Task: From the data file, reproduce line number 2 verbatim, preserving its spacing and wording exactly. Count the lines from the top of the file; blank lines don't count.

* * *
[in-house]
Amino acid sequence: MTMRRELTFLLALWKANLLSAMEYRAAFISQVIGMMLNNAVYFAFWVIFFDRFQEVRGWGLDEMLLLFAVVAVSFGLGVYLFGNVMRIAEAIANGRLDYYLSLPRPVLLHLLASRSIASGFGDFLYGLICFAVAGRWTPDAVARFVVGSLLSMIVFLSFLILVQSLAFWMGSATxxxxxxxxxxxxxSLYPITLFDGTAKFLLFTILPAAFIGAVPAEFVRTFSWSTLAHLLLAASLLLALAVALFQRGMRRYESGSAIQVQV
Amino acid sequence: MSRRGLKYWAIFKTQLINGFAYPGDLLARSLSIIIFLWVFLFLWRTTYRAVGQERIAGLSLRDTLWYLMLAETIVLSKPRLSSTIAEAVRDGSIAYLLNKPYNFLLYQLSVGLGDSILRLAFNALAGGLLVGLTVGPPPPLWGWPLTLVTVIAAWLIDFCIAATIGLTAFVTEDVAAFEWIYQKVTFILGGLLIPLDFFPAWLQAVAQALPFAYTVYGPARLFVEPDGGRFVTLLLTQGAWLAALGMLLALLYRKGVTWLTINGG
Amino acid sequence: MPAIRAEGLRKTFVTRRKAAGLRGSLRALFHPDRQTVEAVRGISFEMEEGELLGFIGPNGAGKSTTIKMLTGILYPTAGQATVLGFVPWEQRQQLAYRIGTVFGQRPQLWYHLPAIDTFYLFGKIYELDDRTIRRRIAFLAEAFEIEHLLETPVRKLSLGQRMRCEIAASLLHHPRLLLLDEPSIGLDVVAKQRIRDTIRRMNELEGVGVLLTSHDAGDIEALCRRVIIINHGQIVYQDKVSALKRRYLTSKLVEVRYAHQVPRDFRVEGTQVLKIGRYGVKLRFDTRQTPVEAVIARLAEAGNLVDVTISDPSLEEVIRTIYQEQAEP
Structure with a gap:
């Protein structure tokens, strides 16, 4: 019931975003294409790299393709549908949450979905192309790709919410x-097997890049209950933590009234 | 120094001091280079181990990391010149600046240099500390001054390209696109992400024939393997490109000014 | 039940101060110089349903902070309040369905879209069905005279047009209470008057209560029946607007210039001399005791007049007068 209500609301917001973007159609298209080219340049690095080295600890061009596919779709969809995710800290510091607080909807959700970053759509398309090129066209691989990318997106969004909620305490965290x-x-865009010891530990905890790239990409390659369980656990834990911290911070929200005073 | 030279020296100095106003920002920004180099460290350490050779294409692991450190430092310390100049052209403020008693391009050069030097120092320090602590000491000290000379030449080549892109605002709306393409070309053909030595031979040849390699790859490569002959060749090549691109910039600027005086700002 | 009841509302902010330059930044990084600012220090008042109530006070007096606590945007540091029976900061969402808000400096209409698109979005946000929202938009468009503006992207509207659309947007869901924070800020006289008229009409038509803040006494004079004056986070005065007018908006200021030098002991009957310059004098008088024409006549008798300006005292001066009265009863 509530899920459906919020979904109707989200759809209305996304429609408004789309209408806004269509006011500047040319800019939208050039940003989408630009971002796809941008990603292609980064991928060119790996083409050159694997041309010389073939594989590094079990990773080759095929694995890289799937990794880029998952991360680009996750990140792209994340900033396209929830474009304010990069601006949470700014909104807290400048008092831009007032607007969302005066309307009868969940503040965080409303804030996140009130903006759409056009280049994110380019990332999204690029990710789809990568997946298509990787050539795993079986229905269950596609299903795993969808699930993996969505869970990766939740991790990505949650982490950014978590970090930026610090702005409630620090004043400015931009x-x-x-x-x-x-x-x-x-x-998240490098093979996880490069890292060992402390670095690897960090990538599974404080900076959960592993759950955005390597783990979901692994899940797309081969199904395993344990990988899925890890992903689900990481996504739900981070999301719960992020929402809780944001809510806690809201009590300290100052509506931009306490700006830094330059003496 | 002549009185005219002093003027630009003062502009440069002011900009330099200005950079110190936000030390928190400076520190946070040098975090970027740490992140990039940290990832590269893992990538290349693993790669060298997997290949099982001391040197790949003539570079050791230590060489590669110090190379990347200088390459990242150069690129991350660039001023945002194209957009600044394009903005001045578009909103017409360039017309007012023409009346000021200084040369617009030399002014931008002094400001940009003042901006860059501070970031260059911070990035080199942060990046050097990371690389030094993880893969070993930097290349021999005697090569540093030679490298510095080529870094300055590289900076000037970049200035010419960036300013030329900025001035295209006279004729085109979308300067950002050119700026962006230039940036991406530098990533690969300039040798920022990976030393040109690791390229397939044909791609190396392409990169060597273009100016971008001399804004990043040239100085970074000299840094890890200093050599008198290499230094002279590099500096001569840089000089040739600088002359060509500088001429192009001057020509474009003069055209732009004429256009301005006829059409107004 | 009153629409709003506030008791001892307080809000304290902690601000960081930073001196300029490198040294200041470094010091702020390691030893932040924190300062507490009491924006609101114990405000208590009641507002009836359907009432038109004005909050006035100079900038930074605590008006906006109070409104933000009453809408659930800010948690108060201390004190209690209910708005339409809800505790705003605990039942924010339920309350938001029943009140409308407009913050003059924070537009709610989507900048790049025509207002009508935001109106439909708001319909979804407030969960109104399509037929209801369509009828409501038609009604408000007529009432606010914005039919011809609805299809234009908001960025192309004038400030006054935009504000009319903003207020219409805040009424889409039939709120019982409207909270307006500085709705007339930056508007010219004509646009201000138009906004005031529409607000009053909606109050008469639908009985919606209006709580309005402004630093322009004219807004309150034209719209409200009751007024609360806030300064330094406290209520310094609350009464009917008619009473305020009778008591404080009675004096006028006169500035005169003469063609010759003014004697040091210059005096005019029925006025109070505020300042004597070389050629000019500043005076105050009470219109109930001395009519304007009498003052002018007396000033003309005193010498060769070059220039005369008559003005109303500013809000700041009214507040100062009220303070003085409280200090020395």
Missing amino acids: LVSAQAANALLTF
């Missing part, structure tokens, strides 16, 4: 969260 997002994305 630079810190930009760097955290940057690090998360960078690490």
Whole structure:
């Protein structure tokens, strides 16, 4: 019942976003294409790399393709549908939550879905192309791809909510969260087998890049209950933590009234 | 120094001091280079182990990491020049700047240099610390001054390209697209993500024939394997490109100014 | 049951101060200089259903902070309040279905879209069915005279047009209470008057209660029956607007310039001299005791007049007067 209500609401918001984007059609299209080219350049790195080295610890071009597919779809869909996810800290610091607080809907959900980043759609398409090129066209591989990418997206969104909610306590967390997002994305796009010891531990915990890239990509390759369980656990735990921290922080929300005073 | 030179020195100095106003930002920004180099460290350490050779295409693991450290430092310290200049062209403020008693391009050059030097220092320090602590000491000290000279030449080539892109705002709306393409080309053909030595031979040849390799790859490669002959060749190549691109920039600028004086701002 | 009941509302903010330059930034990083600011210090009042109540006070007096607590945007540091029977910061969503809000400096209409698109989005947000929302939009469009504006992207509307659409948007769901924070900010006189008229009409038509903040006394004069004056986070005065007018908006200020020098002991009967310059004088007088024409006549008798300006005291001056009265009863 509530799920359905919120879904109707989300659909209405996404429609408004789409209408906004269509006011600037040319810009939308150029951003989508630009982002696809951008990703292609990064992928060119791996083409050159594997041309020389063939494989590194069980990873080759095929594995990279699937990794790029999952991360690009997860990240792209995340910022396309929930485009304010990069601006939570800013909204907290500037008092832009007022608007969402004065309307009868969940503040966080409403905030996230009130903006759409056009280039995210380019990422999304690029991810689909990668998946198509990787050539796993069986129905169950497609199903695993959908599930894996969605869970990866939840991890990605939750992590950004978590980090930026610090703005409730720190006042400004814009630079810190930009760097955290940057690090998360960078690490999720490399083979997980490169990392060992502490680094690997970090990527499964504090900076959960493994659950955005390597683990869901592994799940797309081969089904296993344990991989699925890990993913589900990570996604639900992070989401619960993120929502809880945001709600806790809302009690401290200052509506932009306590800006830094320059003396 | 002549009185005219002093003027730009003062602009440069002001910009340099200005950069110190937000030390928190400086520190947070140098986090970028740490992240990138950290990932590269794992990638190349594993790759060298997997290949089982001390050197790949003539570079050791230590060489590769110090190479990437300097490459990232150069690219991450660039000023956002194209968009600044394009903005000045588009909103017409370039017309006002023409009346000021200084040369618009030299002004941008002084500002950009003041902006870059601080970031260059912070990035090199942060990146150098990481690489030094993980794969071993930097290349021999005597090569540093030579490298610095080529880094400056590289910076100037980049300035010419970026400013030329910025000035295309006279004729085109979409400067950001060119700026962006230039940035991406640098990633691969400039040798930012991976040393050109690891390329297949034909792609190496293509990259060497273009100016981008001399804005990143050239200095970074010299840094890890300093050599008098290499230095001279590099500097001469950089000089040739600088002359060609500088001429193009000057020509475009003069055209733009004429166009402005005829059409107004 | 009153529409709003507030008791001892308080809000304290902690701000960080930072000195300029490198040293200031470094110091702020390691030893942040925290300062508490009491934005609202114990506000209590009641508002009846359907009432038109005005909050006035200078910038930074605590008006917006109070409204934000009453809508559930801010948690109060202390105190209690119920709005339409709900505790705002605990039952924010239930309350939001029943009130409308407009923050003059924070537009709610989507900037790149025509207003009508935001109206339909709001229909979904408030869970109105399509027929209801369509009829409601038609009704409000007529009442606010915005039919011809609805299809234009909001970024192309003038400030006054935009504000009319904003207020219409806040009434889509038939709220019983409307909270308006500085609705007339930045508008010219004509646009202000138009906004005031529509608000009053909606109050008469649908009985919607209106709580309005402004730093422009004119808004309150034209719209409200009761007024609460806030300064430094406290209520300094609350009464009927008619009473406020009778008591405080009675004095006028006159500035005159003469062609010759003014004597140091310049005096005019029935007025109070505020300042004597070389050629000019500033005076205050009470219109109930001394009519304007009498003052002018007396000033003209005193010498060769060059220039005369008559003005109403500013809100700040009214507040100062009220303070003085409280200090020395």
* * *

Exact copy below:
Amino acid sequence: MTMRRELTFLLALWKANLLSAMEYRAAFISQVIGMMLNNAVYFAFWVIFFDRFQEVRGWGLDEMLLLFAVVAVSFGLGVYLFGNVMRIAEAIANGRLDYYLSLPRPVLLHLLASRSIASGFGDFLYGLICFAVAGRWTPDAVARFVVGSLLSMIVFLSFLILVQSLAFWMGSATxxxxxxxxxxxxxSLYPITLFDGTAKFLLFTILPAAFIGAVPAEFVRTFSWSTLAHLLLAASLLLALAVALFQRGMRRYESGSAIQVQV